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Let’s talk about feelings

So rather than documenting the past two days in chronological order I thought I should write a post about how fieldwork makes you feel. It is always a somewhat emotional time; you’ve worked really hard to get the research grant applications in, which is draining, then there is the tense wait on the results. Once they come in there is either the elation of success or the bitter taste of failure. So assuming that the result is positive, as it thankfully was in my case, the nerves are starting to set in. Can I do this? Can I really pull this off? How am I going to get everything set up and organized??? This is followed by months of exhausting meticulous planning, tweaking plans, methodology and approaches, pouring over maps to find the perfect sites and endless emails with the prospective host country.

Then suddenly, the time of departure has arrived and you find yourself almost looking around in surprise at the printed boarding pass, research permits and logistical information, neatly packed equipment, checked off check lists of check lists and it just doesn’t sink in. Until you’re on the plane with all your stuff and you know there is no going back.

And magically, that all falls away in the field. Sure, it’s stressful first laying eyes on your site and realising that it is nothing like what you imagined. But then there is the realisation that no matter what happens, you have come armed with a good idea, a lot of equipment and an immense sense of determination that you will make it happen.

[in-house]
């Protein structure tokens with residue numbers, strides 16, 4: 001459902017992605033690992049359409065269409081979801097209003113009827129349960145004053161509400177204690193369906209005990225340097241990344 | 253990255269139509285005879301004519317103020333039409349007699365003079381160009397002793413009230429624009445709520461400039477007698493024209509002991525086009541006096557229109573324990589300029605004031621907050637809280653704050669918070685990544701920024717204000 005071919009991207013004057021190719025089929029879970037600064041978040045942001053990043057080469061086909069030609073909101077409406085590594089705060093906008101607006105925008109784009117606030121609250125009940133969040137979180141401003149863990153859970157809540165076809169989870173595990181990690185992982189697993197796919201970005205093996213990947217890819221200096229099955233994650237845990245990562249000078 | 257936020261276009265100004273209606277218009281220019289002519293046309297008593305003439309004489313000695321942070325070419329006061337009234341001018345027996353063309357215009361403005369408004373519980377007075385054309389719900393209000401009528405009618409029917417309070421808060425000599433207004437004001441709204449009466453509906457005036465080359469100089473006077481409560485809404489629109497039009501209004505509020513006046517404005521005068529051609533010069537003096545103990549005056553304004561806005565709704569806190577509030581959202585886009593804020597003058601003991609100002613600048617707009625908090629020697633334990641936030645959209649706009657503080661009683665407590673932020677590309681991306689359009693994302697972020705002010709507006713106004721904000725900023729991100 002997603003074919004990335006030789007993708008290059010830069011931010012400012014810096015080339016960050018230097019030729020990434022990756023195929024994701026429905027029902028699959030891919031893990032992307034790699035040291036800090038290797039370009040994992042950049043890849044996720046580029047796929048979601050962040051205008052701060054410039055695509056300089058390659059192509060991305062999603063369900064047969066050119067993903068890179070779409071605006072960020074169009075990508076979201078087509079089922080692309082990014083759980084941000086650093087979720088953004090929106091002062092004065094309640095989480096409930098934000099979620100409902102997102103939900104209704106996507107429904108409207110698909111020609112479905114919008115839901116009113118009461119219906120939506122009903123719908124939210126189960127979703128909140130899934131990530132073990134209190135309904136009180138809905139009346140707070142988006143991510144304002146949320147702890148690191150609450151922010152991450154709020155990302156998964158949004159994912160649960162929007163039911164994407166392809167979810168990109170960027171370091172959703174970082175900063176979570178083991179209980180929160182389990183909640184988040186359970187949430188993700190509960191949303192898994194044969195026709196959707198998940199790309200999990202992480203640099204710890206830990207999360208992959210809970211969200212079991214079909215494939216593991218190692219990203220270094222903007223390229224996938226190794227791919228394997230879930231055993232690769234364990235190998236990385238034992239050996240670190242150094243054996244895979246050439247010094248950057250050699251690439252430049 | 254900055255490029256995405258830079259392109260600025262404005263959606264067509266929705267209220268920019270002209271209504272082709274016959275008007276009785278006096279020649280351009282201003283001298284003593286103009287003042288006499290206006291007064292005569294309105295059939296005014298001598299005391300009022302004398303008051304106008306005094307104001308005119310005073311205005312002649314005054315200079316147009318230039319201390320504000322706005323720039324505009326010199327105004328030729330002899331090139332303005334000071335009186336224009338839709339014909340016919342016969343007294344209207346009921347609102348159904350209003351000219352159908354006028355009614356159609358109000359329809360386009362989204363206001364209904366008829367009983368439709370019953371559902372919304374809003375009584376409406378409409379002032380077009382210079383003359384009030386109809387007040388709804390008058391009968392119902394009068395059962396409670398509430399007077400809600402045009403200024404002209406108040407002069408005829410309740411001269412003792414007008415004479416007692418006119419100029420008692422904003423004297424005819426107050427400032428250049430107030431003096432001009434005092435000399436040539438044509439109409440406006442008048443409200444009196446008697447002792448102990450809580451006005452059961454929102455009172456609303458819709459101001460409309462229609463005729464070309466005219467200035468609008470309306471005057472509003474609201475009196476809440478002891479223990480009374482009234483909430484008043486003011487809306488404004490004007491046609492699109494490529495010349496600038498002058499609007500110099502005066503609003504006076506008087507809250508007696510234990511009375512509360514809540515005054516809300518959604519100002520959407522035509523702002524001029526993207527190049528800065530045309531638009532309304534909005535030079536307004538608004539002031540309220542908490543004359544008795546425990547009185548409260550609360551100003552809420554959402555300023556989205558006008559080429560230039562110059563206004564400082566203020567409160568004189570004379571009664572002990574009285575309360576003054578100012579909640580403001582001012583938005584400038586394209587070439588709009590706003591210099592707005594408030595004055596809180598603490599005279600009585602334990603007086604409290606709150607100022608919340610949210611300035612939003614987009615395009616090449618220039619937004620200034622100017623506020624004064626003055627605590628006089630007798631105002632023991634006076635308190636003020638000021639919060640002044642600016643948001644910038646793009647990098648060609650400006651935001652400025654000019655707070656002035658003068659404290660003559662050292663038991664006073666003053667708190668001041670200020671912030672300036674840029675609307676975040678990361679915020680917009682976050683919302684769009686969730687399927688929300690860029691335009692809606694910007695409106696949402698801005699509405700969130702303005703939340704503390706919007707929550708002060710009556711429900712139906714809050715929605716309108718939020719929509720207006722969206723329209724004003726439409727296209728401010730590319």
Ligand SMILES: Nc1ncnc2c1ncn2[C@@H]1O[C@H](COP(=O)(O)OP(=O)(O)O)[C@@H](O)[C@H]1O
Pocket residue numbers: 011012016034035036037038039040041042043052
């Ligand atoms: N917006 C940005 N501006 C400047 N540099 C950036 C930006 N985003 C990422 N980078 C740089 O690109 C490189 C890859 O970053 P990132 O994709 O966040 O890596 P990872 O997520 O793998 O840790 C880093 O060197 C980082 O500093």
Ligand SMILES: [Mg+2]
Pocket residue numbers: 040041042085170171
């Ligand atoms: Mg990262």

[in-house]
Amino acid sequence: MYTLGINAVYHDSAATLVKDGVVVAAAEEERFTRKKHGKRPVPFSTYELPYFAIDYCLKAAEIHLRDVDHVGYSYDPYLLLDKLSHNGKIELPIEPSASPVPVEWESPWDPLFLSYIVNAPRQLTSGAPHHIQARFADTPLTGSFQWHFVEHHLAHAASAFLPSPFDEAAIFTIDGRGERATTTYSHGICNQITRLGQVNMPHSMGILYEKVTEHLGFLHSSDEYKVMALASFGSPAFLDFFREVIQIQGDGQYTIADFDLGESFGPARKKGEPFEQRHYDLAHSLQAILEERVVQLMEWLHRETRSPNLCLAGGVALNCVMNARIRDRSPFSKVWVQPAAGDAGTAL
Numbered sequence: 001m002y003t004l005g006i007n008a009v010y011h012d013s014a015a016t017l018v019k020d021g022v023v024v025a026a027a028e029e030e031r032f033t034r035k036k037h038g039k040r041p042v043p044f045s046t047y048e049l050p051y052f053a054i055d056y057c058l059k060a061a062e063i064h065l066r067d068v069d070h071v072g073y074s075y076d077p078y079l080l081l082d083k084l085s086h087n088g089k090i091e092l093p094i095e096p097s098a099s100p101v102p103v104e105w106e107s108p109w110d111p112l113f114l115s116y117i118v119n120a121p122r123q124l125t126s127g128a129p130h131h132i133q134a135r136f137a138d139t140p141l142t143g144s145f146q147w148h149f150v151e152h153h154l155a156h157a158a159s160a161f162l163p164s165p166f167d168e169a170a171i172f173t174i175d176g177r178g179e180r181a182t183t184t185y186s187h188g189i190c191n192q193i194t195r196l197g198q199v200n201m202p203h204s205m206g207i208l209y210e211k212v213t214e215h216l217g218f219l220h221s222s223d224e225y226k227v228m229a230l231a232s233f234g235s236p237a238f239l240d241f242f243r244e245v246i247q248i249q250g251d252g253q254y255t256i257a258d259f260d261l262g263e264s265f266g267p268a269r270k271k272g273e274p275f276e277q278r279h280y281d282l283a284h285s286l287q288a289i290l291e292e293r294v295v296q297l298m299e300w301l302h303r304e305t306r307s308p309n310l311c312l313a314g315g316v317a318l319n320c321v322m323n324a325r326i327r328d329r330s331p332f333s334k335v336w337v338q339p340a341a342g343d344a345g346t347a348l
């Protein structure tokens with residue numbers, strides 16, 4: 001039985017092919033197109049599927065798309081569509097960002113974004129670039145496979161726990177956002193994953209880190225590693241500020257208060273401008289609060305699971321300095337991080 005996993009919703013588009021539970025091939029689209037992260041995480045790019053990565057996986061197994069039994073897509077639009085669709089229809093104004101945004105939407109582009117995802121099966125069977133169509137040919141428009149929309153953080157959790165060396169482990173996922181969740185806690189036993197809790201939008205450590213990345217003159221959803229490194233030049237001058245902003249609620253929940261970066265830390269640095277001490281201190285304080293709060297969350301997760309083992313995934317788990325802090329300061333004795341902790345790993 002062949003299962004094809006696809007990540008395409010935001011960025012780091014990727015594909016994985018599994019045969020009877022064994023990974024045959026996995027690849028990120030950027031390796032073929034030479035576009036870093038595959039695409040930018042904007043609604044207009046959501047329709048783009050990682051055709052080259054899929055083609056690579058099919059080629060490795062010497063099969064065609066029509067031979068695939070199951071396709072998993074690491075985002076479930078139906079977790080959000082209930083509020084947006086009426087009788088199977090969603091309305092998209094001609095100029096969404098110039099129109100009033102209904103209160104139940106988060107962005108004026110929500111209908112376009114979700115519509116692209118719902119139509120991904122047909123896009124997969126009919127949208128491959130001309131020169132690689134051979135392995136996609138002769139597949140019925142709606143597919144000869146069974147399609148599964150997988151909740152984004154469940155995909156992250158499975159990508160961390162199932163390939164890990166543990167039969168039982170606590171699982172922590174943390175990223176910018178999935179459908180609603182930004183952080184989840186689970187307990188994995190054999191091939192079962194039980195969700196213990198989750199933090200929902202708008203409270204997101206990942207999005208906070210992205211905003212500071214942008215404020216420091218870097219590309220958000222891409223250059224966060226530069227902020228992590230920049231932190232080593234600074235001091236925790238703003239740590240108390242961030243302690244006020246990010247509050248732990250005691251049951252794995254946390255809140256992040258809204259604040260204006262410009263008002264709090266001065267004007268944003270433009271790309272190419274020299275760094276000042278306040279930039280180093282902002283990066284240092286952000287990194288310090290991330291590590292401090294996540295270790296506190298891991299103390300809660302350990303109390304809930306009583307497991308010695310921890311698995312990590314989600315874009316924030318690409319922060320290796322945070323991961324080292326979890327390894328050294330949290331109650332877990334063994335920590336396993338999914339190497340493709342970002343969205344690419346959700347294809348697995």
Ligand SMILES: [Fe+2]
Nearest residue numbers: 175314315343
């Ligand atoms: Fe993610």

That however, doesn’t mean that the emotions go away. And for that purpose I thought I would put together a little photo gallery of ‘feelings scientists have in the field’. With many thanks to Huw Mithan and Amy Lewis for catching so many facial expressions.

1. I’ve used this piece of equipment hundreds of time; but never while also trying to avoid falling backwards straight into the valley. AAAAAAHHHHH

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2. So… water sampling. Totally doable. I’ll just stick this bottle in and then put the lid on. Easy peasy right?

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3. Oh god this is SO BLOODY COLD!!!!!

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4. My hands will never be warm again

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5. Driving this van across the tundra is kind of awesome. The handbrake incident was unfortunate but hey, look at me, I’m driving this thing! Must remember to thank driving instructor for last minute clutch control lessons when I get back to Cardiff.

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6. So, I’m in the bowels of the coal station, wearing a hard hat and having a random chat with a guy called Sven about his holiday plans. How did I end up here again?? I’m a bit confused.

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7. I’m really trying to impress these scientist but really all I’m worrying about is how stupid I look in this climbing helmet

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9. Don’t look down. Don’t look down. Don’t look down. SHREK, I’M LOOKING DOWN!
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10. And finally; that wonderful feeling when you know you just did the job well
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Comments

  • bob

    En nu…. nu de perspectieven goed zijn is het tijd om relaxed de samples te verzamelen en je te verheugen op de volgende fase.
    Nog veel verwondering en plezier toegewenst.

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